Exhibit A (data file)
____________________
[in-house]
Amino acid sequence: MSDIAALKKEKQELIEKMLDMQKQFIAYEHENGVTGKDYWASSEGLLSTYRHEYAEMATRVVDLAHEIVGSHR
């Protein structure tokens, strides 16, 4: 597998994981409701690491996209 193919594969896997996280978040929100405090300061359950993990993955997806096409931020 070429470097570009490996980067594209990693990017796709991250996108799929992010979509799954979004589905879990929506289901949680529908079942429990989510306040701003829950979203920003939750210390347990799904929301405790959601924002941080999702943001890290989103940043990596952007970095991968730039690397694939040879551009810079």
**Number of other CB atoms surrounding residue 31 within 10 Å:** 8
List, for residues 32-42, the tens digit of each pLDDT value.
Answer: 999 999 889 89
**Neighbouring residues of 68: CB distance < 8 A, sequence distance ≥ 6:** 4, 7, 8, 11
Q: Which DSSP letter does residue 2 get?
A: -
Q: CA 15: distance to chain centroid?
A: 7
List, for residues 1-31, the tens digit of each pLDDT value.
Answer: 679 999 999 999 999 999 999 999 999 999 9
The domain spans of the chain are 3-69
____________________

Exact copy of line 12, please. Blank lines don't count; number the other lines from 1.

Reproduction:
List, for residues 1-31, the tens digit of each pLDDT value.